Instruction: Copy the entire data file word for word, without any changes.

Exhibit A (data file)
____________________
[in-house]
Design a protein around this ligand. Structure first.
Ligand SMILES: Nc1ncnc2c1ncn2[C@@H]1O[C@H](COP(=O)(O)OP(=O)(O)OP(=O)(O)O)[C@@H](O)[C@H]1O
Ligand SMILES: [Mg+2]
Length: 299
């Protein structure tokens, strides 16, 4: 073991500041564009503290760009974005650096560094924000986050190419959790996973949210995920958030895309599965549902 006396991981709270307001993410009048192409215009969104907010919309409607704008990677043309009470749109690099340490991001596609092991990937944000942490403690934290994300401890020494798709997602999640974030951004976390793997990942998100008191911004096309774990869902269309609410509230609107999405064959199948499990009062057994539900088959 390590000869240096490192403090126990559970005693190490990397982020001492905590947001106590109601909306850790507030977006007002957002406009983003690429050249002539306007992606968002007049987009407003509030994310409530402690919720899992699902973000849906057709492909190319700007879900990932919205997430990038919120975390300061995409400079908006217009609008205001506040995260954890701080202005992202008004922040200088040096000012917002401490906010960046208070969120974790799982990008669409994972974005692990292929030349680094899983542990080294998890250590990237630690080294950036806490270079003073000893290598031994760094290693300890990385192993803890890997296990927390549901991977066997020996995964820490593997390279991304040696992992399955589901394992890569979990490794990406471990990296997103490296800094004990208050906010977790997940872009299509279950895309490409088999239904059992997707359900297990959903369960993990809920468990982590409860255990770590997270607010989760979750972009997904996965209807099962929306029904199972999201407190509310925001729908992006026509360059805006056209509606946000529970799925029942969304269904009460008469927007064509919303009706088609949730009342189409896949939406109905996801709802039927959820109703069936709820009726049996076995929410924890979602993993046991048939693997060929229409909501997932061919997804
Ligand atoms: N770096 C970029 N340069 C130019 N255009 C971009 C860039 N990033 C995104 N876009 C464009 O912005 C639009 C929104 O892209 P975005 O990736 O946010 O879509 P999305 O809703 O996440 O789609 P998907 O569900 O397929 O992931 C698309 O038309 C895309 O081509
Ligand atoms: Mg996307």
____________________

[in-house]
Design a protein around this ligand. Structure first.
Ligand SMILES: Nc1ncnc2c1ncn2[C@@H]1O[C@H](COP(=O)(O)OP(=O)(O)OP(=O)(O)O)[C@@H](O)[C@H]1O
Ligand SMILES: [Mg+2]
Length: 299
């Protein structure tokens, strides 16, 4: 073991500041564009503290760009974005650096560094924000986050190419959790996973949210995920958030895309599965549902 006396991981709270307001993410009048192409215009969104907010919309409607704008990677043309009470749109690099340490991001596609092991990937944000942490403690934290994300401890020494798709997602999640974030951004976390793997990942998100008191911004096309774990869902269309609410509230609107999405064959199948499990009062057994539900088959 390590000869240096490192403090126990559970005693190490990397982020001492905590947001106590109601909306850790507030977006007002957002406009983003690429050249002539306007992606968002007049987009407003509030994310409530402690919720899992699902973000849906057709492909190319700007879900990932919205997430990038919120975390300061995409400079908006217009609008205001506040995260954890701080202005992202008004922040200088040096000012917002401490906010960046208070969120974790799982990008669409994972974005692990292929030349680094899983542990080294998890250590990237630690080294950036806490270079003073000893290598031994760094290693300890990385192993803890890997296990927390549901991977066997020996995964820490593997390279991304040696992992399955589901394992890569979990490794990406471990990296997103490296800094004990208050906010977790997940872009299509279950895309490409088999239904059992997707359900297990959903369960993990809920468990982590409860255990770590997270607010989760979750972009997904996965209807099962929306029904199972999201407190509310925001729908992006026509360059805006056209509606946000529970799925029942969304269904009460008469927007064509919303009706088609949730009342189409896949939406109905996801709802039927959820109703069936709820009726049996076995929410924890979602993993046991048939693997060929229409909501997932061919997804
Ligand atoms: N770096 C970029 N340069 C130019 N255009 C971009 C860039 N990033 C995104 N876009 C464009 O912005 C639009 C929104 O892209 P975005 O990736 O946010 O879509 P999305 O809703 O996440 O789609 P998907 O569900 O397929 O992931 C698309 O038309 C895309 O081509
Ligand atoms: Mg996307």